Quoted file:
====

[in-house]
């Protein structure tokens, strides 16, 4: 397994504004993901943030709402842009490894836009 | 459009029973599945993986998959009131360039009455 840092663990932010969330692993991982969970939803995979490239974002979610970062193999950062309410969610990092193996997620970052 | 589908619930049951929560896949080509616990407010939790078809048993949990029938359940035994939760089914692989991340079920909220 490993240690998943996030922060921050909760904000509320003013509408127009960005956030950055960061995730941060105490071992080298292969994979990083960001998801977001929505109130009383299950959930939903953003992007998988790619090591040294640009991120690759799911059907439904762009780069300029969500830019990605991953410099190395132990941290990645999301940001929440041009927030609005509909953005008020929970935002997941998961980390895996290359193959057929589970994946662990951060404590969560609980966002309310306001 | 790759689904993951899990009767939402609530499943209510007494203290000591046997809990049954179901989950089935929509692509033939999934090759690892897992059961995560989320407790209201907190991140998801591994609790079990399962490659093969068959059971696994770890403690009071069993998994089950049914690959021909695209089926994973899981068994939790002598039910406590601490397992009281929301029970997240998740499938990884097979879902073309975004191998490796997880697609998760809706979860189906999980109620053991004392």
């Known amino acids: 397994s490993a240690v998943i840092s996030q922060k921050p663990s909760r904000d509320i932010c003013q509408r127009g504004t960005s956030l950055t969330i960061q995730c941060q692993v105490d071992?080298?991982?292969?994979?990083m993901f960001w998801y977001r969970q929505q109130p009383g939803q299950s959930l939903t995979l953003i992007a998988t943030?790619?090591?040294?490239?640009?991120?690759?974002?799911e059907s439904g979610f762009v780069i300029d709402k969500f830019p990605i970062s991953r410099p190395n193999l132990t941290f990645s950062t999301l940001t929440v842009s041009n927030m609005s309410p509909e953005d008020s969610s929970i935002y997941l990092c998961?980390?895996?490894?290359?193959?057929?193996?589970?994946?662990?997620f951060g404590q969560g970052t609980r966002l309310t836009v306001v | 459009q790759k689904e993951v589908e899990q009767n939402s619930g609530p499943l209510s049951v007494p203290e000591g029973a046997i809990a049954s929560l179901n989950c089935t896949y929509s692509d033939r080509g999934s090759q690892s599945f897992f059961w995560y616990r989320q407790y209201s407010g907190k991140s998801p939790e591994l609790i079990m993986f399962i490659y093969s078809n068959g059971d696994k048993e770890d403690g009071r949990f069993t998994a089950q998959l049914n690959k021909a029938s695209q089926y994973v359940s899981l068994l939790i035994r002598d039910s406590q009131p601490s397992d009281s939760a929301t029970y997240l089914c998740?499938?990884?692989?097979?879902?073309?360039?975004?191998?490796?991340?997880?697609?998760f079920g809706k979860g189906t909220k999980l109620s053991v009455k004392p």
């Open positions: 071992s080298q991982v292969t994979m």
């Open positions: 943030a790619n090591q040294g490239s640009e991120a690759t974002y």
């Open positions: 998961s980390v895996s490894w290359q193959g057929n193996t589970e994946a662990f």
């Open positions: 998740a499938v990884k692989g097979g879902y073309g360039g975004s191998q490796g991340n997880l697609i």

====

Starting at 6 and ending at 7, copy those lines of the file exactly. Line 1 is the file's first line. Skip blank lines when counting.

């Open positions: 998961s980390v895996s490894w290359q193959g057929n193996t589970e994946a662990f």
């Open positions: 998740a499938v990884k692989g097979g879902y073309g360039g975004s191998q490796g991340n997880l697609i």